Propane Prices Explained
Propane prices may see additional pressure in 2024 as their value in trading charts continues to southward. Robust supply, low exports, and piling inventories trouble the market.
Why are propane prices fluctuating?
Propane prices fluctuate mostly in their seasonal demand however other contributing factors drive its price in the market. Here are some:
1. Supply and Demand
Companies extract and sell propane throughout the year but its sharp price hike is evident during the fall and summer seasons. Demand from house owners and commercial buildings pushes the spike as propane is essential to generate house heat during the cold season.
2. Natural Gas and Crude Oil Prices
Propane is a byproduct of natural gas and crude oil. Therefore, any natural gas or crude price movement determines propane market value. Similarly, when production is low in any of these two, it will directly impact propane prices too.
Since propane is a byproduct of nature, its production capacity depends on natural gas and crude oil. Thus, low production in any of these two will result in low propane production. This influences its supply and price in the market.
4. Supply Location
Transportation and distance are also the determining factors of propane prices. For instance, although the U.S. is the top propane producer, it still imports an average of 3,500 propane barrels from Canada every day. Thus, the importing and transporting process adds up to propane’s market value.
Winter season records the highest propane demand and it’s also when supply and logistics experience the most delays because of the harsh weather. Thus, this inevitable scenario also drives propane prices up.
Which variables impact the price of propane?
- Supply and Demand
- Natural Gas and Crude Oil Prices
- Supply Location
- International Trade
- Government Regulations
Where does propane come from?
Propane is a hydrocarbon found along with natural gas and crude oil deposits. It is processed from natural gas processing and crude oil refining through extraction.
Fractionation is a propane extraction process. This process involves heating and cooling natural gas or crude oil to separate different components. Additionally, propane’s boiling point is lower compared to other hydrocarbons.
Once the propane is separated from other hydrocarbons, it needs to be purified. This is done by removing impurities, such as sulfur and water. Additionally, the purification process varies depending on the specific impurities present in the propane.
Once it’s purified, it is ready to be liquefied. This is done by compressing the gas and cooling it. Liquid propane is more convenient and safer to store and transport than gaseous propane.
Furthermore, liquid propane is stored in tanks or cylinders until it is ready to be used.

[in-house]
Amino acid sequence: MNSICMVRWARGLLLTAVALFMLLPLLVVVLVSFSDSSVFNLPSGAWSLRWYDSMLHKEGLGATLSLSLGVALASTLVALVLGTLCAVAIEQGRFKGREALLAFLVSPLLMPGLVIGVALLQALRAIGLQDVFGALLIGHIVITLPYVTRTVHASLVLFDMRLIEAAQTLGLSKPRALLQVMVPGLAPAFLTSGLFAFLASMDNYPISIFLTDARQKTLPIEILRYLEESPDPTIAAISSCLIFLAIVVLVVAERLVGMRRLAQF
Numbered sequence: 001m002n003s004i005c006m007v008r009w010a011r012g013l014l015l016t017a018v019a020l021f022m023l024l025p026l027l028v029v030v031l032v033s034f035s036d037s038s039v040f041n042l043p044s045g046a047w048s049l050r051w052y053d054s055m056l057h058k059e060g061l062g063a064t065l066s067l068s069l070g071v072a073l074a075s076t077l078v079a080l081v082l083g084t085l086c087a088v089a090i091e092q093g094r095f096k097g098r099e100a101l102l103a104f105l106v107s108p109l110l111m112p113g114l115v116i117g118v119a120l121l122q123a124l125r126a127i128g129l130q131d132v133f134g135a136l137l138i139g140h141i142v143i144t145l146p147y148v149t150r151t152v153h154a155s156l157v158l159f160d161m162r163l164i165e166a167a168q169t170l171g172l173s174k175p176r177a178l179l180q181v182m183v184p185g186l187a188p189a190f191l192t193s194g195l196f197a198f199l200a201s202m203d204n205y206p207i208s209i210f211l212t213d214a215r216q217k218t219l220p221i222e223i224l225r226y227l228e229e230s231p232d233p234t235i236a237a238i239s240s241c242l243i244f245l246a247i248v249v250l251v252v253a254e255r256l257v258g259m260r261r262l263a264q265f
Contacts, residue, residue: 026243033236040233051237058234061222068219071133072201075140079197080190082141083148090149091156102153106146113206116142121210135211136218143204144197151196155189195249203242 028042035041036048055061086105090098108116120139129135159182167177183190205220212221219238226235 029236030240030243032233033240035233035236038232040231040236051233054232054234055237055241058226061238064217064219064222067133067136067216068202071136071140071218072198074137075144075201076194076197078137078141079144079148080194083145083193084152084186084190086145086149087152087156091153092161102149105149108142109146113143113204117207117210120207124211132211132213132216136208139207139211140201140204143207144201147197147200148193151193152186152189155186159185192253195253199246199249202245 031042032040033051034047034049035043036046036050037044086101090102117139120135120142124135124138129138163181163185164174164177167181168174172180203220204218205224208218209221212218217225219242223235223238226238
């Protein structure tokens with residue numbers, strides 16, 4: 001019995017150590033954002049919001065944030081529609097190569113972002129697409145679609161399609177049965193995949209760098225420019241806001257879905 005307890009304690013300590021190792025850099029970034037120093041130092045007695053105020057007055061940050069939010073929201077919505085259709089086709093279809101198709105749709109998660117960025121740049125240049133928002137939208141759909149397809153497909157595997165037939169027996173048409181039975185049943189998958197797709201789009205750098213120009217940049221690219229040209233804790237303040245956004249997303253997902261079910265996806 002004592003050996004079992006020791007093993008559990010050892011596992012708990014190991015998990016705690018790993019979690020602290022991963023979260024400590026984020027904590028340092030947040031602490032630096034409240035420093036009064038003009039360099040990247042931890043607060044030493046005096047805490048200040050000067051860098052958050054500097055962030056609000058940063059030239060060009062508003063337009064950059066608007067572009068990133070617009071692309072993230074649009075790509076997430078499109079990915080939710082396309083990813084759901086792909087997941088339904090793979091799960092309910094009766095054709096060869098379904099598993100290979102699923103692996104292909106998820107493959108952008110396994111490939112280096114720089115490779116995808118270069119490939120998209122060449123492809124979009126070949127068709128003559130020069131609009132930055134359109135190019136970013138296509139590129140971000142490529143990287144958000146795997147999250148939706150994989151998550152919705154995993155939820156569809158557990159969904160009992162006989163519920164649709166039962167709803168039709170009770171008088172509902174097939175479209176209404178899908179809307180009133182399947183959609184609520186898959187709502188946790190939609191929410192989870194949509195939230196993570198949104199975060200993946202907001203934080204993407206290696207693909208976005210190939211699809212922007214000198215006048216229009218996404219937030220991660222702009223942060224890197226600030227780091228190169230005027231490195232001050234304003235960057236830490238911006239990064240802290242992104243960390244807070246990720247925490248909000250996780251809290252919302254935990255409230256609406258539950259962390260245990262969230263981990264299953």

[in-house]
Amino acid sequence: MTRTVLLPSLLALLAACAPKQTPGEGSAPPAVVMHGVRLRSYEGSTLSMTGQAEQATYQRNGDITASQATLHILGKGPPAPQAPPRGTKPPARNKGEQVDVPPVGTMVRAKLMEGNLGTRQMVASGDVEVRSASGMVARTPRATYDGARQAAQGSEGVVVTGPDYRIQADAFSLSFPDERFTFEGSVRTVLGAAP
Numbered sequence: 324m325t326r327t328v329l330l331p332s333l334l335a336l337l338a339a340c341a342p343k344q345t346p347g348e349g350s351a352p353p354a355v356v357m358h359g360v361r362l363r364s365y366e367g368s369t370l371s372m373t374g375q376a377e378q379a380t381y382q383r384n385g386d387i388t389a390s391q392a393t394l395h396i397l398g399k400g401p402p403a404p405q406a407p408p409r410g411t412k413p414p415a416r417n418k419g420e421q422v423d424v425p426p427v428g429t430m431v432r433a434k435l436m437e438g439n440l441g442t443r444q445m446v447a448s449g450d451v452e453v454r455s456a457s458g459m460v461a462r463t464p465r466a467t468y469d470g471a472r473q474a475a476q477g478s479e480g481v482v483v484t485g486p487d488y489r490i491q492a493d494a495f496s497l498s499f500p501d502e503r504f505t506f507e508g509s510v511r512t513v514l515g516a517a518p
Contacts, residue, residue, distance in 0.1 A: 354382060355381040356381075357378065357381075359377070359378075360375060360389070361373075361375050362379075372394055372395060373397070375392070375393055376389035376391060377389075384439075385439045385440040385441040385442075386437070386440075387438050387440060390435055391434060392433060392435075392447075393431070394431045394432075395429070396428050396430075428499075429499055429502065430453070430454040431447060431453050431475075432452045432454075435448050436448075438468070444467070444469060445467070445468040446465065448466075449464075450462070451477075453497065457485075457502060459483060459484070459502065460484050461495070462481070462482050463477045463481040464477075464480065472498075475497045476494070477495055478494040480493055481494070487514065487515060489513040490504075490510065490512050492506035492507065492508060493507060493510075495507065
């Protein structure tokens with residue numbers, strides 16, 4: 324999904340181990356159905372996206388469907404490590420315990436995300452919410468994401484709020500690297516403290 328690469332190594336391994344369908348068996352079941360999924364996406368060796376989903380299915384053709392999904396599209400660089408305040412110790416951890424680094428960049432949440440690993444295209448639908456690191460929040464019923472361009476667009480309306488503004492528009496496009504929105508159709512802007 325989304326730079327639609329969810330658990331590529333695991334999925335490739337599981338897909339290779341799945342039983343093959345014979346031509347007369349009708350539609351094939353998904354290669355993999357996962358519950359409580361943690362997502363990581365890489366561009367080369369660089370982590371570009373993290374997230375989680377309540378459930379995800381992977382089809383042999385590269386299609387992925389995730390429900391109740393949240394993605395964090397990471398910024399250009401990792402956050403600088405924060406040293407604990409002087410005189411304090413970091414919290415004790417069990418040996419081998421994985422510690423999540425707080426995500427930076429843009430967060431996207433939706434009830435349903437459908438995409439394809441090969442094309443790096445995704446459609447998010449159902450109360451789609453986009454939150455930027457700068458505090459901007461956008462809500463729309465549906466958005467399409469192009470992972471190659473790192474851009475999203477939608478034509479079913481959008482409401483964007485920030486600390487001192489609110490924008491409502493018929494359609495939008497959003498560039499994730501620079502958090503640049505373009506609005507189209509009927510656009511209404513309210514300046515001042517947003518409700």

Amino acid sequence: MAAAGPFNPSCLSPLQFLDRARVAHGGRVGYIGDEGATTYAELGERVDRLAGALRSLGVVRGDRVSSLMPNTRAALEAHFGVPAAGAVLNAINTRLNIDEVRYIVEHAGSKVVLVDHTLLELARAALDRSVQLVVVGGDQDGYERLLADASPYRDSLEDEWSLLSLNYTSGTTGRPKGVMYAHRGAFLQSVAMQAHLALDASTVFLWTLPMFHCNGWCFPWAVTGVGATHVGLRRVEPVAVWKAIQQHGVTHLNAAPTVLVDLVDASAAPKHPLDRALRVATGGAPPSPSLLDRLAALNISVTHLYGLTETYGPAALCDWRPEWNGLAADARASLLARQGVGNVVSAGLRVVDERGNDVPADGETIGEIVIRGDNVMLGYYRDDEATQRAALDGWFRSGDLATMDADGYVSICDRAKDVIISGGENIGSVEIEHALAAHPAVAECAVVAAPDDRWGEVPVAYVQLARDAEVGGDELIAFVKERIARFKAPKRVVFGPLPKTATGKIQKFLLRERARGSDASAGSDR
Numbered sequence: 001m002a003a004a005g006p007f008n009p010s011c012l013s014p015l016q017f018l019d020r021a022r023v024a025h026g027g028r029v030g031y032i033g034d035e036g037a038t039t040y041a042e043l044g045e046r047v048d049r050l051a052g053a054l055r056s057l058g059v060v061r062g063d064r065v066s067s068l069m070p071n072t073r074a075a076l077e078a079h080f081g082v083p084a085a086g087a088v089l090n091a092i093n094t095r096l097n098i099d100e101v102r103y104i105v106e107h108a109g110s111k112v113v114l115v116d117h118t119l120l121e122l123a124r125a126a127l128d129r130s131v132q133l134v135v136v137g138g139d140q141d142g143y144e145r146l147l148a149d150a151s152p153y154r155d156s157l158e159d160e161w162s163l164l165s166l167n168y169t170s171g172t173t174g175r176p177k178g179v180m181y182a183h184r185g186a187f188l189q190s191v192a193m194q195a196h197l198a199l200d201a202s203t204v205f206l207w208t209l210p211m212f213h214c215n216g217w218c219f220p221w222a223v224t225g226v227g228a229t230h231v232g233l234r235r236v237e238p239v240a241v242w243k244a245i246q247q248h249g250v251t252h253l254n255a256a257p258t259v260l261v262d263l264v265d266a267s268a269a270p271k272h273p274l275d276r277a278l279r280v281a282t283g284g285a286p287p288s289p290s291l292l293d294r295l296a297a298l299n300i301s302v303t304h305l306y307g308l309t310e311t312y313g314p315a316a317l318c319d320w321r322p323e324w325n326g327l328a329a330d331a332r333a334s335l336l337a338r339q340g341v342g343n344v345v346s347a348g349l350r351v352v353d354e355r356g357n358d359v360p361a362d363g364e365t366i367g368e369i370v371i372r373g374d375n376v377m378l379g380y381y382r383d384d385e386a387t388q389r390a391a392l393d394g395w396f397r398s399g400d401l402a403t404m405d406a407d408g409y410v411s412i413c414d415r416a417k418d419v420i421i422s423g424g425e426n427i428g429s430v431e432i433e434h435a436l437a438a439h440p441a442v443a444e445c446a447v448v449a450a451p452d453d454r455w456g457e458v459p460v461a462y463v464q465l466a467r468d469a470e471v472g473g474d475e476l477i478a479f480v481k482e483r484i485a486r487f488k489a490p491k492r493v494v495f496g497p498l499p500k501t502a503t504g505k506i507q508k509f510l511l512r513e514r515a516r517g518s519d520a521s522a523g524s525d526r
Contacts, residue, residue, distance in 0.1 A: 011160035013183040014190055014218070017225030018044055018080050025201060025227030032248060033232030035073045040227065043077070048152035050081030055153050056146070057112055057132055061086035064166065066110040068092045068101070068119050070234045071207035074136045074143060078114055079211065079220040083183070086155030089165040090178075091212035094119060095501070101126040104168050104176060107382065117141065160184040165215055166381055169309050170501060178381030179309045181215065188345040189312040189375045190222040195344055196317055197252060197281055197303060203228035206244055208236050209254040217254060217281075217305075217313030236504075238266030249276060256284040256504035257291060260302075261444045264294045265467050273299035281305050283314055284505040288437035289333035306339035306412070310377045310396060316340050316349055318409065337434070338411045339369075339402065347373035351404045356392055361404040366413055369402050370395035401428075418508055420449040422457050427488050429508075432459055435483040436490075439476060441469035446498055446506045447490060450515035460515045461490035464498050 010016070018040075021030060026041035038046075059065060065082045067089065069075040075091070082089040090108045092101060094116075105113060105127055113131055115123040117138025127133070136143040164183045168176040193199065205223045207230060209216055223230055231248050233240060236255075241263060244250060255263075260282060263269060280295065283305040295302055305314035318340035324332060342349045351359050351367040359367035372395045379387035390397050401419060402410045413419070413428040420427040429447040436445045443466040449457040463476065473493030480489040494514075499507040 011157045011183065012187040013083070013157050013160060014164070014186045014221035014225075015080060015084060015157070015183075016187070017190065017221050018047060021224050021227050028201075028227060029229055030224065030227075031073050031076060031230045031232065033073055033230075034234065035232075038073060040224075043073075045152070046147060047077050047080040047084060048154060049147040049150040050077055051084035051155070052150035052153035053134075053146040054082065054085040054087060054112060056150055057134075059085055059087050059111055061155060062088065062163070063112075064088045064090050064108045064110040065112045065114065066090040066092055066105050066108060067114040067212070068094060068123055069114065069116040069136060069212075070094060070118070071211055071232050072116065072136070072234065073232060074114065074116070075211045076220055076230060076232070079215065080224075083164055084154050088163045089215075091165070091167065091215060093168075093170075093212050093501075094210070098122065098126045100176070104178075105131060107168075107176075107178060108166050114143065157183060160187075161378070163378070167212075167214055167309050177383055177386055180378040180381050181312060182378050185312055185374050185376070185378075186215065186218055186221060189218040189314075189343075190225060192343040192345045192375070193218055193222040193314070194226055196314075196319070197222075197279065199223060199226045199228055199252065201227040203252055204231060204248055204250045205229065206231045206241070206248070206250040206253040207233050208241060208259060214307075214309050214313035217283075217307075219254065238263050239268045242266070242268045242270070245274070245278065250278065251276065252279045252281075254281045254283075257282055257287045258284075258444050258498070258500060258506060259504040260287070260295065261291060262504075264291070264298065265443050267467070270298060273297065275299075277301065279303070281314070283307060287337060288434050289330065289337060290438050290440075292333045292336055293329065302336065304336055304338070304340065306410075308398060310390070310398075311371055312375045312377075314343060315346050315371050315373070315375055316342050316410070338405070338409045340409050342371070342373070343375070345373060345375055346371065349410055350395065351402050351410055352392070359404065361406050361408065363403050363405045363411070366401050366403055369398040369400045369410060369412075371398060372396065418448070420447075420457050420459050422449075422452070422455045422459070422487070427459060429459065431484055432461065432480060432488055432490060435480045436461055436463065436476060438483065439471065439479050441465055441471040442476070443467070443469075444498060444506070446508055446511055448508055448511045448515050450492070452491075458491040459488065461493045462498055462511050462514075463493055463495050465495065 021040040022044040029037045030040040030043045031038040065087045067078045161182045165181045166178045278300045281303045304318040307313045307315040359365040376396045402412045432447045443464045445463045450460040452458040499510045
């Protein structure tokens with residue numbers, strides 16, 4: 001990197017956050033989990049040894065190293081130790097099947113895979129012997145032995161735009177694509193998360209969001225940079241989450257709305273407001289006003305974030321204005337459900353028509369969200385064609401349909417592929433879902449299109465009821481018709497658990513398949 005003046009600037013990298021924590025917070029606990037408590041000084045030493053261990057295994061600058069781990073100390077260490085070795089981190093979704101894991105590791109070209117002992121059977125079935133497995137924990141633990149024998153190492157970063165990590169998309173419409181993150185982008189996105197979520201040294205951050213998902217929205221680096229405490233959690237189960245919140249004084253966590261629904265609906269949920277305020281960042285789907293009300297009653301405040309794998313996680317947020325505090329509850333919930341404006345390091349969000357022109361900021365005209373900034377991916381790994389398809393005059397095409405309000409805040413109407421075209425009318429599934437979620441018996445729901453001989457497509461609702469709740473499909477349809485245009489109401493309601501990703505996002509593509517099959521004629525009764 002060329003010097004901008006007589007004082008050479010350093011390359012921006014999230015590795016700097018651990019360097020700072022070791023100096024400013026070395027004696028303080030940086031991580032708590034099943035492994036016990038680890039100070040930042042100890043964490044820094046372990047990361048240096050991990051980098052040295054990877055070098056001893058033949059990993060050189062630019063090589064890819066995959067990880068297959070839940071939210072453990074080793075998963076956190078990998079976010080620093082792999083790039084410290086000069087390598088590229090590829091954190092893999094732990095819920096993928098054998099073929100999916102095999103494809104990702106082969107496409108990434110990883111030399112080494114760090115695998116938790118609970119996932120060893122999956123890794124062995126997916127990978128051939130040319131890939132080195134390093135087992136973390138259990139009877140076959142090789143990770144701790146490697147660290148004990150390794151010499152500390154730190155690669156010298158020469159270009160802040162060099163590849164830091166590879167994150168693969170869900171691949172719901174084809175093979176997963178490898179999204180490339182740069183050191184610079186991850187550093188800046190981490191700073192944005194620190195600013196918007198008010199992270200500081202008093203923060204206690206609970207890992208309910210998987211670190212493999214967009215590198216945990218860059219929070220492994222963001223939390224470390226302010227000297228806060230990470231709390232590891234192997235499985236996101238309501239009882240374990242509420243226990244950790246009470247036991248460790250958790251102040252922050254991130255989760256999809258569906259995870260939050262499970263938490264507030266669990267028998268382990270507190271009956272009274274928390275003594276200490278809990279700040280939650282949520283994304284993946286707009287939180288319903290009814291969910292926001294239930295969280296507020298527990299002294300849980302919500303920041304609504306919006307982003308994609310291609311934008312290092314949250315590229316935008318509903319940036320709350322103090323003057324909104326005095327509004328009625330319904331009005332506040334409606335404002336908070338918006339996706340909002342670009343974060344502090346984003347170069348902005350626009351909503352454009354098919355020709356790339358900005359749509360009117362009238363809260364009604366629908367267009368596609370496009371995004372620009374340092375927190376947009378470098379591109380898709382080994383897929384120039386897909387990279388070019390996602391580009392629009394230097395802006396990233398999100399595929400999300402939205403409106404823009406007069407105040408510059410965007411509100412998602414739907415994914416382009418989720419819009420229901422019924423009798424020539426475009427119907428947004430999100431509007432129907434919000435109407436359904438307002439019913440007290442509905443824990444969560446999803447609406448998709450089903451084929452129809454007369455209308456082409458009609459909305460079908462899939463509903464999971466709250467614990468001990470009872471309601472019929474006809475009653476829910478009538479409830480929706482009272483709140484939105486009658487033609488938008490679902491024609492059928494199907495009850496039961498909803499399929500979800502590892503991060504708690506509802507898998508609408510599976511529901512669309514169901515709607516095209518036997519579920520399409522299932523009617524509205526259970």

The American chemist and researcher Walter O. Snelling discovered propane in 1910. This discovery wasn’t given enough importance until WW2. Furthermore, it served its purpose as a fuel substitute, especially in the military where there was a fuel shortage during the war.
After the war, propane usage expanded to residential and commercial industries. Today, propane application includes cooking, powering vehicles, and heating homes and buildings.
Overall, the top propane producers in the world are the United States, Saudi Arabia, Canada, China, Russia, and the United Arab Emirates.
What is the future price of propane?
While propane production is present throughout the year, certain seasons prove its marketability in the market.
Also, since propane mainly functions as a heating fuel for homes and businesses, it is just right that the fall and winter seasons are their demand peak.
In countries with harsh winter seasons such as Canada, Russia, and Norway, propane demand starts earlier and lasts longer compared to countries with milder winters which demand is relatively short.
Additionally, during winter seasons, supply disruptions are the game changers in propane supply, demand, and prices due to extreme weather conditions such as blizzards. Apart from this, common reasons such as natural gas and crude oil prices always come into play in propane price fluctuation.
Furthermore, storage capacity is another price determiner for this commodity as facility functionality determines its steady supply.
According to the Precedence Research report, the global propane market will grow at a compound annual growth rate (CAGR) of 5.26% from 2022 to 2030. This growth is due to the increasing urbanization and growing demand for propane in the commercial, industrial, and residential sectors.
Overall, propane prices will be between $1.50 and $2.00 per gallon in 2030, this is a significant increase from the current average price of around $1.00 per gallon.